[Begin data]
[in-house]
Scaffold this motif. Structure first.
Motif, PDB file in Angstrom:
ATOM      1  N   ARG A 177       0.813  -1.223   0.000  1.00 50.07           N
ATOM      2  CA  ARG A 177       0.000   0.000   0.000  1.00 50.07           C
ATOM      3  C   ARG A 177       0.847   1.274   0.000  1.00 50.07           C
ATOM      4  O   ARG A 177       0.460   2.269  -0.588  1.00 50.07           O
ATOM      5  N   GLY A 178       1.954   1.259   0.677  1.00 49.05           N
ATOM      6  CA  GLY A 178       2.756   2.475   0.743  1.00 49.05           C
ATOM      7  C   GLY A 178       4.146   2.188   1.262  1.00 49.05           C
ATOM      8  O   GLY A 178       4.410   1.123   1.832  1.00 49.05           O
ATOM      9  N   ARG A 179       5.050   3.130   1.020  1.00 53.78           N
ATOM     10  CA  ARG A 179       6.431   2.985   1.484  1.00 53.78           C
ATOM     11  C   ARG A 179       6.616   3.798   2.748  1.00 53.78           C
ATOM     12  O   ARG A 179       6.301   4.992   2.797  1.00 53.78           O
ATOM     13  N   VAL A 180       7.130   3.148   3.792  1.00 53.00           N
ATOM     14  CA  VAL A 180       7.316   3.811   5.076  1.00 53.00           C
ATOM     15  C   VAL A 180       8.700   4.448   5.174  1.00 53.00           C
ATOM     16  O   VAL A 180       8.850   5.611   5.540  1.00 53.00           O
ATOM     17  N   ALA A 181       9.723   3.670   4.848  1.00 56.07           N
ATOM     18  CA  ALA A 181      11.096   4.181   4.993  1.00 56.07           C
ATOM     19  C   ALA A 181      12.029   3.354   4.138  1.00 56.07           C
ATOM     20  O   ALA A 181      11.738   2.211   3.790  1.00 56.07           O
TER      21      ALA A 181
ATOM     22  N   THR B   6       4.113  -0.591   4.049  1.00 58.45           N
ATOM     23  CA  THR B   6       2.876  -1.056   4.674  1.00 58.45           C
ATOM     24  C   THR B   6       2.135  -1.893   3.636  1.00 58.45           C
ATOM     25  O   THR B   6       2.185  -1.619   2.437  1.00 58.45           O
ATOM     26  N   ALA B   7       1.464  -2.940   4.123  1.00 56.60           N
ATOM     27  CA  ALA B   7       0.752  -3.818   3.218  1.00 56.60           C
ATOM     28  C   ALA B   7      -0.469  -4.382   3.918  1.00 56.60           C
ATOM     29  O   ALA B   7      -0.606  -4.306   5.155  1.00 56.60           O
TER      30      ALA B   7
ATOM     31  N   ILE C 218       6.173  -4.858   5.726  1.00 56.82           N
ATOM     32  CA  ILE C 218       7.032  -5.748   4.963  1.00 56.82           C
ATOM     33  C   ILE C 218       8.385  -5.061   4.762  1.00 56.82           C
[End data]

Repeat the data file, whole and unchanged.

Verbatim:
[in-house]
Scaffold this motif. Structure first.
Motif, PDB file in Angstrom:
ATOM      1  N   ARG A 177       0.813  -1.223   0.000  1.00 50.07           N
ATOM      2  CA  ARG A 177       0.000   0.000   0.000  1.00 50.07           C
ATOM      3  C   ARG A 177       0.847   1.274   0.000  1.00 50.07           C
ATOM      4  O   ARG A 177       0.460   2.269  -0.588  1.00 50.07           O
ATOM      5  N   GLY A 178       1.954   1.259   0.677  1.00 49.05           N
ATOM      6  CA  GLY A 178       2.756   2.475   0.743  1.00 49.05           C
ATOM      7  C   GLY A 178       4.146   2.188   1.262  1.00 49.05           C
ATOM      8  O   GLY A 178       4.410   1.123   1.832  1.00 49.05           O
ATOM      9  N   ARG A 179       5.050   3.130   1.020  1.00 53.78           N
ATOM     10  CA  ARG A 179       6.431   2.985   1.484  1.00 53.78           C
ATOM     11  C   ARG A 179       6.616   3.798   2.748  1.00 53.78           C
ATOM     12  O   ARG A 179       6.301   4.992   2.797  1.00 53.78           O
ATOM     13  N   VAL A 180       7.130   3.148   3.792  1.00 53.00           N
ATOM     14  CA  VAL A 180       7.316   3.811   5.076  1.00 53.00           C
ATOM     15  C   VAL A 180       8.700   4.448   5.174  1.00 53.00           C
ATOM     16  O   VAL A 180       8.850   5.611   5.540  1.00 53.00           O
ATOM     17  N   ALA A 181       9.723   3.670   4.848  1.00 56.07           N
ATOM     18  CA  ALA A 181      11.096   4.181   4.993  1.00 56.07           C
ATOM     19  C   ALA A 181      12.029   3.354   4.138  1.00 56.07           C
ATOM     20  O   ALA A 181      11.738   2.211   3.790  1.00 56.07           O
TER      21      ALA A 181
ATOM     22  N   THR B   6       4.113  -0.591   4.049  1.00 58.45           N
ATOM     23  CA  THR B   6       2.876  -1.056   4.674  1.00 58.45           C
ATOM     24  C   THR B   6       2.135  -1.893   3.636  1.00 58.45           C
ATOM     25  O   THR B   6       2.185  -1.619   2.437  1.00 58.45           O
ATOM     26  N   ALA B   7       1.464  -2.940   4.123  1.00 56.60           N
ATOM     27  CA  ALA B   7       0.752  -3.818   3.218  1.00 56.60           C
ATOM     28  C   ALA B   7      -0.469  -4.382   3.918  1.00 56.60           C
ATOM     29  O   ALA B   7      -0.606  -4.306   5.155  1.00 56.60           O
TER      30      ALA B   7
ATOM     31  N   ILE C 218       6.173  -4.858   5.726  1.00 56.82           N
ATOM     32  CA  ILE C 218       7.032  -5.748   4.963  1.00 56.82           C
ATOM     33  C   ILE C 218       8.385  -5.061   4.762  1.00 56.82           C